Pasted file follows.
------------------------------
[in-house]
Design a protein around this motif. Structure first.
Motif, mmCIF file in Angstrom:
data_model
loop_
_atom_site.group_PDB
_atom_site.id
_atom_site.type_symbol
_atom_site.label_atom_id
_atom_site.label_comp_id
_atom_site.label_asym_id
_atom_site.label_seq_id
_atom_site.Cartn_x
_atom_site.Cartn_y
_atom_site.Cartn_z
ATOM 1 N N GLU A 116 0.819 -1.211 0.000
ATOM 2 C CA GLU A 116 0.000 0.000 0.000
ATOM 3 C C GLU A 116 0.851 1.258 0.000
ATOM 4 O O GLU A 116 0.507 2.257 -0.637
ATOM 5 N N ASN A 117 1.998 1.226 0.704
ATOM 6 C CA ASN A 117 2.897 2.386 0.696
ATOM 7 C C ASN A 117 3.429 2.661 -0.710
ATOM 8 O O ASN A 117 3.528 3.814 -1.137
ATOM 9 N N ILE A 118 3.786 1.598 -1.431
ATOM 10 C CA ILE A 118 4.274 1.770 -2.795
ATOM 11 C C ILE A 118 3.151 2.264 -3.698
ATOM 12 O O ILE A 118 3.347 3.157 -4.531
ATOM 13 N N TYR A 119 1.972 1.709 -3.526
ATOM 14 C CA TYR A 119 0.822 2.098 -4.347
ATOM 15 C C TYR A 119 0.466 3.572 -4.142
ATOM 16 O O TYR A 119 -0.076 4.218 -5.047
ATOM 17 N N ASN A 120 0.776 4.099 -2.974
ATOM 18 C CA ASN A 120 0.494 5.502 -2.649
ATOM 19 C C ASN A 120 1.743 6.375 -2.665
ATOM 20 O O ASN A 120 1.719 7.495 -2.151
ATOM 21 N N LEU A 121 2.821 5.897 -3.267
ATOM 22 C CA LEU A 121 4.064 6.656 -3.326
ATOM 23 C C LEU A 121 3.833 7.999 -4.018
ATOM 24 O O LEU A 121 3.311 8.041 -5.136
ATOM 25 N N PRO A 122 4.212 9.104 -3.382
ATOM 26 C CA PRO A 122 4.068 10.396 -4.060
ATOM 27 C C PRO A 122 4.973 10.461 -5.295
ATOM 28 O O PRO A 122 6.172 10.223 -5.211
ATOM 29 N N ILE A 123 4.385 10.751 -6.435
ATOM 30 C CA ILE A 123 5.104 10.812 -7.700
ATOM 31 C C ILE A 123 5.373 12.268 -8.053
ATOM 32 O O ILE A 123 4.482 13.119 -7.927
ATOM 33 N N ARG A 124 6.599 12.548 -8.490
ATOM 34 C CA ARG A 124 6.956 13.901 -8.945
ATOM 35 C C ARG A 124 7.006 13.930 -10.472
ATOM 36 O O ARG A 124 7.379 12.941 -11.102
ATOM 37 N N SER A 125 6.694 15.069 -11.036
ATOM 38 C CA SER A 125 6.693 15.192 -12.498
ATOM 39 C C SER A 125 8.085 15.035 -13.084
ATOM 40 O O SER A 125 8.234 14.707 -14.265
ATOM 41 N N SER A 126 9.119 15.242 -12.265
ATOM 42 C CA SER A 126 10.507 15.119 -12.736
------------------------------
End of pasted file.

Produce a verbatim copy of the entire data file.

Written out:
[in-house]
Design a protein around this motif. Structure first.
Motif, mmCIF file in Angstrom:
data_model
loop_
_atom_site.group_PDB
_atom_site.id
_atom_site.type_symbol
_atom_site.label_atom_id
_atom_site.label_comp_id
_atom_site.label_asym_id
_atom_site.label_seq_id
_atom_site.Cartn_x
_atom_site.Cartn_y
_atom_site.Cartn_z
ATOM 1 N N GLU A 116 0.819 -1.211 0.000
ATOM 2 C CA GLU A 116 0.000 0.000 0.000
ATOM 3 C C GLU A 116 0.851 1.258 0.000
ATOM 4 O O GLU A 116 0.507 2.257 -0.637
ATOM 5 N N ASN A 117 1.998 1.226 0.704
ATOM 6 C CA ASN A 117 2.897 2.386 0.696
ATOM 7 C C ASN A 117 3.429 2.661 -0.710
ATOM 8 O O ASN A 117 3.528 3.814 -1.137
ATOM 9 N N ILE A 118 3.786 1.598 -1.431
ATOM 10 C CA ILE A 118 4.274 1.770 -2.795
ATOM 11 C C ILE A 118 3.151 2.264 -3.698
ATOM 12 O O ILE A 118 3.347 3.157 -4.531
ATOM 13 N N TYR A 119 1.972 1.709 -3.526
ATOM 14 C CA TYR A 119 0.822 2.098 -4.347
ATOM 15 C C TYR A 119 0.466 3.572 -4.142
ATOM 16 O O TYR A 119 -0.076 4.218 -5.047
ATOM 17 N N ASN A 120 0.776 4.099 -2.974
ATOM 18 C CA ASN A 120 0.494 5.502 -2.649
ATOM 19 C C ASN A 120 1.743 6.375 -2.665
ATOM 20 O O ASN A 120 1.719 7.495 -2.151
ATOM 21 N N LEU A 121 2.821 5.897 -3.267
ATOM 22 C CA LEU A 121 4.064 6.656 -3.326
ATOM 23 C C LEU A 121 3.833 7.999 -4.018
ATOM 24 O O LEU A 121 3.311 8.041 -5.136
ATOM 25 N N PRO A 122 4.212 9.104 -3.382
ATOM 26 C CA PRO A 122 4.068 10.396 -4.060
ATOM 27 C C PRO A 122 4.973 10.461 -5.295
ATOM 28 O O PRO A 122 6.172 10.223 -5.211
ATOM 29 N N ILE A 123 4.385 10.751 -6.435
ATOM 30 C CA ILE A 123 5.104 10.812 -7.700
ATOM 31 C C ILE A 123 5.373 12.268 -8.053
ATOM 32 O O ILE A 123 4.482 13.119 -7.927
ATOM 33 N N ARG A 124 6.599 12.548 -8.490
ATOM 34 C CA ARG A 124 6.956 13.901 -8.945
ATOM 35 C C ARG A 124 7.006 13.930 -10.472
ATOM 36 O O ARG A 124 7.379 12.941 -11.102
ATOM 37 N N SER A 125 6.694 15.069 -11.036
ATOM 38 C CA SER A 125 6.693 15.192 -12.498
ATOM 39 C C SER A 125 8.085 15.035 -13.084
ATOM 40 O O SER A 125 8.234 14.707 -14.265
ATOM 41 N N SER A 126 9.119 15.242 -12.265
ATOM 42 C CA SER A 126 10.507 15.119 -12.736